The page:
8. Avalanche criminal killers are a regular threat
Very few teams have embodied the modern shift to a more proactive approach to penalties than the avalanche. Rather than sit back and be content with sending recovered pucks across the ice, Colorado has implemented a strategy that emphasizes the threat of unsuspecting power play units. The team’s three narrow goals are level with the St. Louis Blues and Washington Capitals and offer the Avalanche another reliable attack option. Compher, O’Connor, and Darren Helm each scored a goal while losing a man, which contributed to Colorado’s 83.9% kill rate, which currently ranks 11th in the NHL.
9. Tyson Jost, the penalty pulling machine
As Tyson Jost in the 2016 Entry Draft from the Avalanche to 10th. After only 91 points in 274 career games, that’s no longer the case for Jost, but he has adapted well to become a crucial utility man further down the lineup .
Jost uses his adeptness and crisp play to annoy his opponents, and he ranks second in the NHL at 5v5 penalties per 60 minutes for his efforts. He doesn’t just give up right defense on his team, because his plus-5 penalty difference (six draws, one awarded) is third among all skaters this season. His skill is a valuable asset in bringing the team’s attacking stars into power play, an unannounced skill almost as important as actually scoring goals.
10. Colorado’s underlying numbers remain strong despite a record
Despite a reduced cavalry and a mediocre record of 6-5-1, the Avalanche have retained their identity as a strong possession team in five-on-five. They kept 53.7 xGF%, 55.2% of the scoring opportunities (SCF%) and 55.9% of the high risk chances (HDCF%), all in the top half. Actual goals don’t match underlying numbers (only 49%) but the process is solid. If you don’t give up your tactical game plan, you should soon be reaping the benefits.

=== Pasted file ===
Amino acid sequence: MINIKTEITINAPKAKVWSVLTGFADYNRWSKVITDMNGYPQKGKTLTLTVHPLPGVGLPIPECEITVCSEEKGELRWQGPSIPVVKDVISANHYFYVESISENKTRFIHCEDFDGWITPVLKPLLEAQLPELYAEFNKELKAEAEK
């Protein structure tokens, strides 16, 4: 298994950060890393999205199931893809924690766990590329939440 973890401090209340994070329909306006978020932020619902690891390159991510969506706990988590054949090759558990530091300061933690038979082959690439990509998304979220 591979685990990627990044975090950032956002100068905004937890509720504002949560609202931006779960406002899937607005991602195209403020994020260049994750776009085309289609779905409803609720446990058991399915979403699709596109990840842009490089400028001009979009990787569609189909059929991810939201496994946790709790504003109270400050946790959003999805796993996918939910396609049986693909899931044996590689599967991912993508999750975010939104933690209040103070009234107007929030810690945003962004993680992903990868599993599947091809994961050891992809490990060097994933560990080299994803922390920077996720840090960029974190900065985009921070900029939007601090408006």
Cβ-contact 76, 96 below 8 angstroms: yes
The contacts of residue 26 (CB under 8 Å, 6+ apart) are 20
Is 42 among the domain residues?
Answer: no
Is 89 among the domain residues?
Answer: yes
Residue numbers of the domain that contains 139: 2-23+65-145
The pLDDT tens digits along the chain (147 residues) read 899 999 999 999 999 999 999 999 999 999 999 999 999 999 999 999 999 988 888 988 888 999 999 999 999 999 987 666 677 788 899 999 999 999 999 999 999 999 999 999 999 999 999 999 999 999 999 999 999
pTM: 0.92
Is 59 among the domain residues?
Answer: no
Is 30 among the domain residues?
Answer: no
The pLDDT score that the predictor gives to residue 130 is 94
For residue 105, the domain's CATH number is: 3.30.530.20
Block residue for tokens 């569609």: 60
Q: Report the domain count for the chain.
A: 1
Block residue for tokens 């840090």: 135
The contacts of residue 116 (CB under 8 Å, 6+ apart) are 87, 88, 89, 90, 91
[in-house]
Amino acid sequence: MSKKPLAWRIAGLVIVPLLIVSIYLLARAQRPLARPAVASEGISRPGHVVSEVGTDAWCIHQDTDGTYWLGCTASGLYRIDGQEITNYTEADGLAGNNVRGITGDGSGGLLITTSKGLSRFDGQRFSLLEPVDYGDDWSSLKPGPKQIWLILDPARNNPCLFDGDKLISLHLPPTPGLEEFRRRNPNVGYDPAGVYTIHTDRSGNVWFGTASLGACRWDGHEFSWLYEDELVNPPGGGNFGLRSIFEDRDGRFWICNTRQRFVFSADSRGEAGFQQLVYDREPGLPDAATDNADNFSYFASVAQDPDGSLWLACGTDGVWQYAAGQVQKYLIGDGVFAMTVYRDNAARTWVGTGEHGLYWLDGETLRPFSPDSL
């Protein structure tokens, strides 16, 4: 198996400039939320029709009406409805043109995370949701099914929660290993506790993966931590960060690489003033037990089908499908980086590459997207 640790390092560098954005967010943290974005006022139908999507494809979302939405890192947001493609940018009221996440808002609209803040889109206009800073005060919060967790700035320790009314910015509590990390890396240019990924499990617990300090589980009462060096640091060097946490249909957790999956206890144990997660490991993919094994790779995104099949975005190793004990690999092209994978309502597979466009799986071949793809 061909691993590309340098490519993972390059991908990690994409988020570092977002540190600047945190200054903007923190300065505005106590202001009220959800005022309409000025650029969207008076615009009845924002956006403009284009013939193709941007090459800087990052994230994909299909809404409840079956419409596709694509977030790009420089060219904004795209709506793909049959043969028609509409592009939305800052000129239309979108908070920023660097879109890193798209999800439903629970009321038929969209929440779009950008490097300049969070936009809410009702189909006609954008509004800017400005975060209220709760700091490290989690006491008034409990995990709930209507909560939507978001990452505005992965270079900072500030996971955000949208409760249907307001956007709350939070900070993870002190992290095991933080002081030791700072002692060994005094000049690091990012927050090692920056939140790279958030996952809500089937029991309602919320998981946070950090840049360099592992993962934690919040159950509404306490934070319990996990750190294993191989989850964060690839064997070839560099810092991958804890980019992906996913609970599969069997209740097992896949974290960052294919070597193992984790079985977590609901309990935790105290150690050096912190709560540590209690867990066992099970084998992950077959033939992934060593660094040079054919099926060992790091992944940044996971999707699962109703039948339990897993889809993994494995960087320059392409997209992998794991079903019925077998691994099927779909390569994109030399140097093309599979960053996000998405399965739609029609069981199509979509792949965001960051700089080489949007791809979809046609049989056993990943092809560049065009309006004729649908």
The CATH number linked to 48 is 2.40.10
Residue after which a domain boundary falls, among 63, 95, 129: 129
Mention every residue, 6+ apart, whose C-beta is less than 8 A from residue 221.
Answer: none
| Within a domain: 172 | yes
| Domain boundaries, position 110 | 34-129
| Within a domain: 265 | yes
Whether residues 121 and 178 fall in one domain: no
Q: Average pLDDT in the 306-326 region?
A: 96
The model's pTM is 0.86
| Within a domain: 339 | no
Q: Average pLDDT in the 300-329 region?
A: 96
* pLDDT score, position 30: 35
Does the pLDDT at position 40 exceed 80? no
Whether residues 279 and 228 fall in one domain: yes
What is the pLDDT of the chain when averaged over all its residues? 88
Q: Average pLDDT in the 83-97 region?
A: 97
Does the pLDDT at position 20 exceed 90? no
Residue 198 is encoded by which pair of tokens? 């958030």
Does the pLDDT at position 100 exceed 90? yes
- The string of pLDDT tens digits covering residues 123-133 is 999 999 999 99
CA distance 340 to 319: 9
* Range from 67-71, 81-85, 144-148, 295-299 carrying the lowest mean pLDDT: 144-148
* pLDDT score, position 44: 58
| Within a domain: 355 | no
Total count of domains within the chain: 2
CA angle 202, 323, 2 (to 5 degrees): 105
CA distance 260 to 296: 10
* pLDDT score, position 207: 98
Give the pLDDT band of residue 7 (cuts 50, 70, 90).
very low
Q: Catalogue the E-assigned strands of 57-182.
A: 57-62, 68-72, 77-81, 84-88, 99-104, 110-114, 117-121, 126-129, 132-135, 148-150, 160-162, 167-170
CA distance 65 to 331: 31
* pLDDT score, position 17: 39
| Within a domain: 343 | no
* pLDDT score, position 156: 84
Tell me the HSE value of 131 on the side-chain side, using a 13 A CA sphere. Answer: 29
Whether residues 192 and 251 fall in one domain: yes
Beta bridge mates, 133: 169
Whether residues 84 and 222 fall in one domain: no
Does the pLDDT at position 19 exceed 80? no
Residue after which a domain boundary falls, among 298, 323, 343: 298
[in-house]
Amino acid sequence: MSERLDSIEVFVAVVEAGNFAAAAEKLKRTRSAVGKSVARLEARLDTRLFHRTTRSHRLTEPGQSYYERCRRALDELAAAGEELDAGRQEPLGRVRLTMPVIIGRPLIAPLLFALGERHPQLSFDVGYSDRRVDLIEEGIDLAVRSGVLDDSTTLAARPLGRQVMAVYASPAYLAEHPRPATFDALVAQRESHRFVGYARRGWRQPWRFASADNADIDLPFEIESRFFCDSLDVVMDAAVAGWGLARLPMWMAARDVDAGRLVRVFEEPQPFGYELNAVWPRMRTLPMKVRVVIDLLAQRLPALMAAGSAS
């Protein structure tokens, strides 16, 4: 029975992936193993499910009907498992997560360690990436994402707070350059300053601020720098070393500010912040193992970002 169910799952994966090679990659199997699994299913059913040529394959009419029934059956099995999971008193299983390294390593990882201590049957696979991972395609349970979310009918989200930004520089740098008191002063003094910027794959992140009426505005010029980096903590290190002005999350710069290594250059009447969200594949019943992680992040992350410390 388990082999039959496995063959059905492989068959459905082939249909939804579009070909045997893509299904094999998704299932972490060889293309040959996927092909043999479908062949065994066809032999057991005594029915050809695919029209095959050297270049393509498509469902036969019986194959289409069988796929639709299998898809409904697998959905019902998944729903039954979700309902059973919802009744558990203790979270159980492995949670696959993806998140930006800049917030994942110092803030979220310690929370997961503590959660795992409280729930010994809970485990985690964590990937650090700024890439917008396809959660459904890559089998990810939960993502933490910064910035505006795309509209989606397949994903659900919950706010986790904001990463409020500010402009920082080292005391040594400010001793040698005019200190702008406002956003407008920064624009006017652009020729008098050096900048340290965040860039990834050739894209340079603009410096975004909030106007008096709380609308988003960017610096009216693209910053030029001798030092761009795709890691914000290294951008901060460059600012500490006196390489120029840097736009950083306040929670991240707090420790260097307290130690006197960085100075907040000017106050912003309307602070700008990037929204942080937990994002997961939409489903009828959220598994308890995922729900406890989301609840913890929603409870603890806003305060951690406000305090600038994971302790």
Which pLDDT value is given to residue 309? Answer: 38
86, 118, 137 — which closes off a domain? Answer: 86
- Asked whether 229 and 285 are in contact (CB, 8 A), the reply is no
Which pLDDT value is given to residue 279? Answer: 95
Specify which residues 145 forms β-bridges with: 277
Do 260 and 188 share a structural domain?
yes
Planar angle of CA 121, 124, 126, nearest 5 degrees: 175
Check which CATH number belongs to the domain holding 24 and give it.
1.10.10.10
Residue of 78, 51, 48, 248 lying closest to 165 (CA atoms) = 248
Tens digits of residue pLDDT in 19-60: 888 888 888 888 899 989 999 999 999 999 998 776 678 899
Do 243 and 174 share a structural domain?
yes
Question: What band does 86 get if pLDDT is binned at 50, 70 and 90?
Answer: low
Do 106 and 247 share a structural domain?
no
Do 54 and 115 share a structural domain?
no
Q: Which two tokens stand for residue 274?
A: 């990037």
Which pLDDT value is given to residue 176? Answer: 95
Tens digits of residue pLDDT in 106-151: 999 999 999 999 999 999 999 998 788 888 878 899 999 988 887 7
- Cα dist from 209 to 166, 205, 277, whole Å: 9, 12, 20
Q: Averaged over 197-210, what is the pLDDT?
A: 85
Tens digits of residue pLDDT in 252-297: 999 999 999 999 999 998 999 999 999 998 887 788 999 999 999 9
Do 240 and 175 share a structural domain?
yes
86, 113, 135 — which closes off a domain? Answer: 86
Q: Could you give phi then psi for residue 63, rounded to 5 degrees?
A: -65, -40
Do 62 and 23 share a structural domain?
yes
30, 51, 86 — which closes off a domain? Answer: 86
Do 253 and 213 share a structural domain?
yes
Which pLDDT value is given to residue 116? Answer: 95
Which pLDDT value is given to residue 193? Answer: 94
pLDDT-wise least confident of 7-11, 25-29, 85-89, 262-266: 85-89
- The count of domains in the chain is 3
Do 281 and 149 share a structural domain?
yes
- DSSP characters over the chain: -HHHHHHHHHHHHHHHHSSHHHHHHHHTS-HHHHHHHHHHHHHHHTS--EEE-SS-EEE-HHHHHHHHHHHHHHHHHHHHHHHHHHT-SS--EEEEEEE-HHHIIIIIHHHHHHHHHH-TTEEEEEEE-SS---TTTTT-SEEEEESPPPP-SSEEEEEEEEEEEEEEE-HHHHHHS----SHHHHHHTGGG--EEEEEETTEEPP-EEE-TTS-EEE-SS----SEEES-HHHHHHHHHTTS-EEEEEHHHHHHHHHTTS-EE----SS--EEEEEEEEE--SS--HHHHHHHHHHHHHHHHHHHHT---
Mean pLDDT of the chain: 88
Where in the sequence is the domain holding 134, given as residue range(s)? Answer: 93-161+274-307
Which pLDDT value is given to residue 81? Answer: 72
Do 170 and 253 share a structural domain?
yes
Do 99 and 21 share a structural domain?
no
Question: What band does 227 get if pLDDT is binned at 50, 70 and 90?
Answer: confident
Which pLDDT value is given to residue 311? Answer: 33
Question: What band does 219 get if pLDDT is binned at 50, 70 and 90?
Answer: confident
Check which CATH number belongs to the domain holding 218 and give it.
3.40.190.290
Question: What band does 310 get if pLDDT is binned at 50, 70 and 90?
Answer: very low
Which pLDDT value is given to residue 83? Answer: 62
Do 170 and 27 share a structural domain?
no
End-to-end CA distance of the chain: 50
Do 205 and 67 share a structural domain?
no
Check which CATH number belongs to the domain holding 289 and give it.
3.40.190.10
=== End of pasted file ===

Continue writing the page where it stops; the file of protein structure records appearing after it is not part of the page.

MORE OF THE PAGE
Will these trends in avalanche statistics continue?
The Avalanche have won four of their last six games and are slowly returning to the shape of last season’s Presidents’ Trophy. The statistics I have listed suggest that Colorado has been a victim of bad luck, both healthily and in terms of results on the ice. My money is with Jared Bednar’s men to keep moving up the table and shifting into top gear as the playoffs get closer. However, as has been proven beyond doubt, assuming anything about the NHL this season is stupid.
Data courtesy of Evolving Hockey, Hockey Reference, MoneyPuck, and Natural Stat Trick. Statistics correct, as of November 15th.
Marko is an aspiring sports writer with a passion for creating stories while using a combination of eye testing and (shake) analysis, complemented by an academic background in criminology and political science.
When he’s not reporting on the Colorado Avalanche and Pittsburgh Penguins for The Hockey Writers, he can spend countless hours in various sports video game franchises, indulging in science fiction novels, and doing long laps of the neighborhood.
Marko can be reached through his personal blog at unexpectedegoals.ca, and you can yell at him by following him on Twitter and other social media which can be seen under articles like this one.